Mr Hunt told a hustings of Tory members: “I was at an amazing company just outside Kidderminster that manufactures steel wheels for offroad vehicles. They’ve got half the European market and employ 350 people. They have a four per cent margin so a ten per cent tariff on their products would wipe them out. So there would be an economic impact of no deal. If that was the only way to deliver Brexit then I’m afraid we have to do that because that is what people have voted for and we are a democracy first and foremost.”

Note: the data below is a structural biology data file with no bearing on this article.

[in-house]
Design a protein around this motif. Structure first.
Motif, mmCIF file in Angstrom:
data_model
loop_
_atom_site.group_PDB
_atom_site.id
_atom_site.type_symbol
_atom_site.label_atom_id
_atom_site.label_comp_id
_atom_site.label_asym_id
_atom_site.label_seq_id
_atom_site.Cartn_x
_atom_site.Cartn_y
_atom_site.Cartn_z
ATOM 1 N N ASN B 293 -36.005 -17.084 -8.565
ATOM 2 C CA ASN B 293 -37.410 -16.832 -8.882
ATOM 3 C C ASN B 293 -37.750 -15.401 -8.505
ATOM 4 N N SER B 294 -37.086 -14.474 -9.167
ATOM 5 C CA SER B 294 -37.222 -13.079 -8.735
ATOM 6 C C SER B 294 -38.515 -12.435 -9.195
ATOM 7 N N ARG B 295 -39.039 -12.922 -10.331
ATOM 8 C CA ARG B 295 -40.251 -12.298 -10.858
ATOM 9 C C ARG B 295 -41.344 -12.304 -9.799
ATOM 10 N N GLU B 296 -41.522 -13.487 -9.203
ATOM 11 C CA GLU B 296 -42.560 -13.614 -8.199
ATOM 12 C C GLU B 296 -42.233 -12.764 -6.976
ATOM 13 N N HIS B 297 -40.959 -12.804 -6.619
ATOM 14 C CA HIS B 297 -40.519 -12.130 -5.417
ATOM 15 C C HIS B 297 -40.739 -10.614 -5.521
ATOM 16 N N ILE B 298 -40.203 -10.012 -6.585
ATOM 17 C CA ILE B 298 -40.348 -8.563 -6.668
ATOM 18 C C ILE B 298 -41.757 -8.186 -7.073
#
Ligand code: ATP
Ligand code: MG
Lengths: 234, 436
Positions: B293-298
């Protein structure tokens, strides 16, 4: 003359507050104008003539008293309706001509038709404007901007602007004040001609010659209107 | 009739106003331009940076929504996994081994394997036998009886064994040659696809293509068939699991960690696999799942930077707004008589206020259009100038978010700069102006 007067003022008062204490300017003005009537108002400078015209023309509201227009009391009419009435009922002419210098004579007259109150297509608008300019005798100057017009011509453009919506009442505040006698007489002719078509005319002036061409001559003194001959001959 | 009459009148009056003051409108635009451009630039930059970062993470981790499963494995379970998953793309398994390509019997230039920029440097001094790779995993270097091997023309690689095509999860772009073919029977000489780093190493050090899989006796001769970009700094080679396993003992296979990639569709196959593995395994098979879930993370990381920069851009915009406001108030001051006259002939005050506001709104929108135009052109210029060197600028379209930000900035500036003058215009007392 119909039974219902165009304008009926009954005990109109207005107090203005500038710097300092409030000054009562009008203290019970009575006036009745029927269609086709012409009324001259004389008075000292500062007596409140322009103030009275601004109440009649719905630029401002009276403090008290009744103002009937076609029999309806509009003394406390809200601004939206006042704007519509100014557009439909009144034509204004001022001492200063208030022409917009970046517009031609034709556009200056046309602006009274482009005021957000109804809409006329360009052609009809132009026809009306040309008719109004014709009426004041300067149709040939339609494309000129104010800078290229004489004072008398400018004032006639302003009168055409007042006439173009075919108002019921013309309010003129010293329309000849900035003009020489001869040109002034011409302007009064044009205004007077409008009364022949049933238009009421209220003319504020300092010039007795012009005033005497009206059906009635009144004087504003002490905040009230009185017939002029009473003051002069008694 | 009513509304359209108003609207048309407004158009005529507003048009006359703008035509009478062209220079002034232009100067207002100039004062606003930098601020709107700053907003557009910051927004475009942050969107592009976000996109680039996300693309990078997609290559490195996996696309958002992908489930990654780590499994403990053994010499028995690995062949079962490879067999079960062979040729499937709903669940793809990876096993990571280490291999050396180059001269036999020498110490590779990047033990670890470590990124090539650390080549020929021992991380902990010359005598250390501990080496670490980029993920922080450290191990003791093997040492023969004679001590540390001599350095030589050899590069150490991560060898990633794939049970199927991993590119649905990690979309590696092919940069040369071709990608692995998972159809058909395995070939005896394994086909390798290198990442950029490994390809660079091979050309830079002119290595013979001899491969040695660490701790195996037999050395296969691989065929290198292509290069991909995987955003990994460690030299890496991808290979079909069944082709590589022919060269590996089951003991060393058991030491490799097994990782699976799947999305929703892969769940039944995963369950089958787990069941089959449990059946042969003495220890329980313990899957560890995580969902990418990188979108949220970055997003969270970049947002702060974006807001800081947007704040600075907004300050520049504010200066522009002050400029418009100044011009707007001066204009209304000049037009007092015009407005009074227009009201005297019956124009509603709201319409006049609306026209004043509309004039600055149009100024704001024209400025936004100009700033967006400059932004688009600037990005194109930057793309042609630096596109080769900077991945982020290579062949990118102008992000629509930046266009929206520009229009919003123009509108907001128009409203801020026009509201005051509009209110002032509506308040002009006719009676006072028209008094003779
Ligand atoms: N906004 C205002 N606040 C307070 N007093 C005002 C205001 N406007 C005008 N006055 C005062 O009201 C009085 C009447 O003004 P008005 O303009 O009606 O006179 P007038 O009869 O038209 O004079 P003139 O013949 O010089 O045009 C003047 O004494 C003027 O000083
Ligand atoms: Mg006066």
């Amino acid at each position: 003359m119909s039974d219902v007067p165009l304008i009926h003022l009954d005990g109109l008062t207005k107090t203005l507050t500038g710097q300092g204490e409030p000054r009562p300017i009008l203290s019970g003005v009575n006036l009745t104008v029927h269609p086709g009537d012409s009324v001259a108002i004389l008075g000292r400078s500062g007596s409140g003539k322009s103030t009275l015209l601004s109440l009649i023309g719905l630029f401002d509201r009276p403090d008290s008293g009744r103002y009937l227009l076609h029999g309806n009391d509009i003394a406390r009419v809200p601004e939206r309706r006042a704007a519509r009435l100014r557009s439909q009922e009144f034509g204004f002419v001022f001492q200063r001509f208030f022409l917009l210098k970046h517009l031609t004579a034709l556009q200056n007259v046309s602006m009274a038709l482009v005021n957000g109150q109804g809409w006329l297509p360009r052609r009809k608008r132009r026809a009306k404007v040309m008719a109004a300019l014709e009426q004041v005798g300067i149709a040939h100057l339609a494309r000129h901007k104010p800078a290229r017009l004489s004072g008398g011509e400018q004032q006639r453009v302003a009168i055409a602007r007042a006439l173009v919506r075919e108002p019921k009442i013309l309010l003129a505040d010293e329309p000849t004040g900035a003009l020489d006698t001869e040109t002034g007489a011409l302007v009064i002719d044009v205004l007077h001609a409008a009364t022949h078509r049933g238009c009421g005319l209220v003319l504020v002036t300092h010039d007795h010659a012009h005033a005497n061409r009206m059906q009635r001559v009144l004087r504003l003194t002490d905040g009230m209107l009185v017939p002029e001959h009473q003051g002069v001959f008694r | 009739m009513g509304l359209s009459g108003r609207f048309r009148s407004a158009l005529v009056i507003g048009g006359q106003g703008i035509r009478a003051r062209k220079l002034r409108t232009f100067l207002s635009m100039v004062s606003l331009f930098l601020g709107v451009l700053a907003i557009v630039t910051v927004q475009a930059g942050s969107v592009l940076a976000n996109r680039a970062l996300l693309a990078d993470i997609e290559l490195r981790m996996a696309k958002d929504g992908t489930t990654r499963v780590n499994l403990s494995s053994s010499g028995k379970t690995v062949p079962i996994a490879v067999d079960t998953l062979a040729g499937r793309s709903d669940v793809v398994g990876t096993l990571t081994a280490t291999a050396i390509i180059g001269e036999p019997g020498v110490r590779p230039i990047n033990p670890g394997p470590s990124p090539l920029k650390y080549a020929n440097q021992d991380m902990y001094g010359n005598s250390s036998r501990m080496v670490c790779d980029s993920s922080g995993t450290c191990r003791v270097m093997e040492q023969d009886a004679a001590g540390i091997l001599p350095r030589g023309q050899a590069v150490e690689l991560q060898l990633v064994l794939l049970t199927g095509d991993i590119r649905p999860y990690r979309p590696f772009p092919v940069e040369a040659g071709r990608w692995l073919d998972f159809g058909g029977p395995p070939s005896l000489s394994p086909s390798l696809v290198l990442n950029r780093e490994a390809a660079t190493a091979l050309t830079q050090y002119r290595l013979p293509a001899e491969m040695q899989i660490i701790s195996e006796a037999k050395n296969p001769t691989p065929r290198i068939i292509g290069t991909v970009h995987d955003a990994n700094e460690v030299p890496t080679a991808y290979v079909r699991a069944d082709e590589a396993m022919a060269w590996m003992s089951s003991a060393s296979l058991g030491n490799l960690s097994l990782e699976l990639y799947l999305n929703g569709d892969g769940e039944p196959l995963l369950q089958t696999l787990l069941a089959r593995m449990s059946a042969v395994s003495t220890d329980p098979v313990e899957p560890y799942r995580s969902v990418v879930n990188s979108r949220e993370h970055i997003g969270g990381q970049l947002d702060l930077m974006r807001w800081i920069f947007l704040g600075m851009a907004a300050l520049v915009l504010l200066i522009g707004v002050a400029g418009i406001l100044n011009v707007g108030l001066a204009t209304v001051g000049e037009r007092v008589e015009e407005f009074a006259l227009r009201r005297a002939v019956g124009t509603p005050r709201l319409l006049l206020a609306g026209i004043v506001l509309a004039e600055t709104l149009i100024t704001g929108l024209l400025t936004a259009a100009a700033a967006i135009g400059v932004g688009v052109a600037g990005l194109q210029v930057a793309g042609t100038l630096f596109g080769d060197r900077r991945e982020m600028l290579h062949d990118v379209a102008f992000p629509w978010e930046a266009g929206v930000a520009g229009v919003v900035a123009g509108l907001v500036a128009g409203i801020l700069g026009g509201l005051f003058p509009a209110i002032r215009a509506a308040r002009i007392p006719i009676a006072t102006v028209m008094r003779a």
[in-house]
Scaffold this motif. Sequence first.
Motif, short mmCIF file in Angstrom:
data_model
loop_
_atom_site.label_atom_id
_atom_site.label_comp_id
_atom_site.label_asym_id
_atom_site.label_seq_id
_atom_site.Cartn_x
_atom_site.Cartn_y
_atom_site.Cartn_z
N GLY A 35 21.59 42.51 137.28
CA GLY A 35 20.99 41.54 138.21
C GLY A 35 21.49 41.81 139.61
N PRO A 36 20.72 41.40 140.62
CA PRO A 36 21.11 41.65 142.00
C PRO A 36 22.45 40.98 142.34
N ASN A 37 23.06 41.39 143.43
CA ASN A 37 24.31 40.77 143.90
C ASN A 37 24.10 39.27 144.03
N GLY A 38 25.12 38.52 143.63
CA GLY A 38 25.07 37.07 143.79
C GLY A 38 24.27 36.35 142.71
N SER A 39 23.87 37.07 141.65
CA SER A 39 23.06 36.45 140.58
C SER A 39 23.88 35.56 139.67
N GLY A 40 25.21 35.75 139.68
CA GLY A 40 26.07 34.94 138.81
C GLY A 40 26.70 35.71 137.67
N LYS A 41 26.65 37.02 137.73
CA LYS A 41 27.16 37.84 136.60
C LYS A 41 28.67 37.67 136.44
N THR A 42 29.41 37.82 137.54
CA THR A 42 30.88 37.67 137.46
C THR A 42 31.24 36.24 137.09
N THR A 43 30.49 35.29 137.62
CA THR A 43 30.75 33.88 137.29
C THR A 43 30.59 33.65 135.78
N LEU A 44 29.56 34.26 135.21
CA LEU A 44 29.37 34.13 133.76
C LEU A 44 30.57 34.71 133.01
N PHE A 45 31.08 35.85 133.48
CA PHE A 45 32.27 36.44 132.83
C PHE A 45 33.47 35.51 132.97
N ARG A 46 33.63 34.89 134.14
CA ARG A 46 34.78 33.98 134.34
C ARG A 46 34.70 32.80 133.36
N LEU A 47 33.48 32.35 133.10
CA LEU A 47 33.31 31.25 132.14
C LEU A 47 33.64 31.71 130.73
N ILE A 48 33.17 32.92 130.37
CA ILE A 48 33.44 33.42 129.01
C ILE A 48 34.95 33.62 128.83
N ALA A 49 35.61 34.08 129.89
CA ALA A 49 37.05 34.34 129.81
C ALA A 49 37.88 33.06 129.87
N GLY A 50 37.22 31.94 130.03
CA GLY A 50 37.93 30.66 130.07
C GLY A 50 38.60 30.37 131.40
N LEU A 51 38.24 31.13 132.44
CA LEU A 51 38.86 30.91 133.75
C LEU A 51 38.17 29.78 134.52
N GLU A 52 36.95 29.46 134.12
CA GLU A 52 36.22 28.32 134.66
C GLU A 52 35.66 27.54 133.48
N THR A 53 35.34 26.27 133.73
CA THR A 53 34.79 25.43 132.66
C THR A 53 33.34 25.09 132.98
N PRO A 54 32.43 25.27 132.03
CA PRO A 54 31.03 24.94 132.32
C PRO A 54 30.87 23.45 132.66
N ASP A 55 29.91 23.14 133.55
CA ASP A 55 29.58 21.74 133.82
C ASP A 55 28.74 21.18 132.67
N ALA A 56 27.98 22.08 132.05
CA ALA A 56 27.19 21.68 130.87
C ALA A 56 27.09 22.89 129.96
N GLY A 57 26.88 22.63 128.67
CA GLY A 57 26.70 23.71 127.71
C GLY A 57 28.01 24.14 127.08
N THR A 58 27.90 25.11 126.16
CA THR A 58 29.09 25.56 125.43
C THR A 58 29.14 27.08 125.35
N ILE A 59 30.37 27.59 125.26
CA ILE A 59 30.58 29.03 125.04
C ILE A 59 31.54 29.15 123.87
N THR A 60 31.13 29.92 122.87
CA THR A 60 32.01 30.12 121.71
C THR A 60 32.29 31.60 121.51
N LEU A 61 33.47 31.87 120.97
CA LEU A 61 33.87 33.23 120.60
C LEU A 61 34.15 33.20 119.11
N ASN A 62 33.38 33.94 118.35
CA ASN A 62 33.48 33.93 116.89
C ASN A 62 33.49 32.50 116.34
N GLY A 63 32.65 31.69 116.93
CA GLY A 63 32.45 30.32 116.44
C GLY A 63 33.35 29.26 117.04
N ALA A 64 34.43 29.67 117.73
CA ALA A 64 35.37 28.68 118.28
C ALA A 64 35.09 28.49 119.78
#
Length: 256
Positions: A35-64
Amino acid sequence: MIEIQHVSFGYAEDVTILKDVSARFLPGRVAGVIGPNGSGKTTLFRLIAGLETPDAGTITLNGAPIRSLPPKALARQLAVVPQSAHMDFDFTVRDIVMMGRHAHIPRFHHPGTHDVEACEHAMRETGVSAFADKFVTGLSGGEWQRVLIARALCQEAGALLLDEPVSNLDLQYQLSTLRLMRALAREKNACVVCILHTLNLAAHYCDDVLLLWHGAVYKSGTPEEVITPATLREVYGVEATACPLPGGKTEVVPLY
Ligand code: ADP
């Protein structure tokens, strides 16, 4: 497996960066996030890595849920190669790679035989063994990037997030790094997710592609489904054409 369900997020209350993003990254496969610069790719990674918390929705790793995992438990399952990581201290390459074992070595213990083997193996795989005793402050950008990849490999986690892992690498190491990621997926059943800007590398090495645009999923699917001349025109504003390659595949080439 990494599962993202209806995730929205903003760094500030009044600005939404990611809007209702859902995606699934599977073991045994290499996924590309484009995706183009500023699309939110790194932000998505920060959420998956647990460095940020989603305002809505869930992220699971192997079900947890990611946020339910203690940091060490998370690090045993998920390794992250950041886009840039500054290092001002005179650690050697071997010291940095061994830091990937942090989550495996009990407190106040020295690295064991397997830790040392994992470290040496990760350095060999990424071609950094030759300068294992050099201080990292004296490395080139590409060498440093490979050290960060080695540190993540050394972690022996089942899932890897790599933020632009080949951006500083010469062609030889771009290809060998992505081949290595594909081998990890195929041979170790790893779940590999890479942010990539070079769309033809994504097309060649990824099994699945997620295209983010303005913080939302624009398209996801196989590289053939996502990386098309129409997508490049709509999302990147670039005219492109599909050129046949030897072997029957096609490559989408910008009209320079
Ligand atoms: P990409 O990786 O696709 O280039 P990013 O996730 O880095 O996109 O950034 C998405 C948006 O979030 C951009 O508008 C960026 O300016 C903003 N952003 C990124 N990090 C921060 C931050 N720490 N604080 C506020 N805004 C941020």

Pause for a moment to contemplate the sheer monstrosity of that statement – which Mrs Thatcher in her pomp might have baulked at. A great company and 350 jobs are to be ”wiped out” on the altar of a “no deal” Brexit and he is boasting about it in the name of “democracy”.
Multiply that illogic by thousands. Take out Kidderminister and wonder about a place near you. Then the scale of this folly and subordination of consequences to dogma might register. Mr Hunt is not a fool. Perhaps it is worse. In order to compete for his audience, he has to pretend to be a fool – and a dangerous “out by 31 October” one at that.
The stakes could scarcely be higher and at some point Opposition parties must recognise that responsibility rests with them also if this lunacy is to be averted.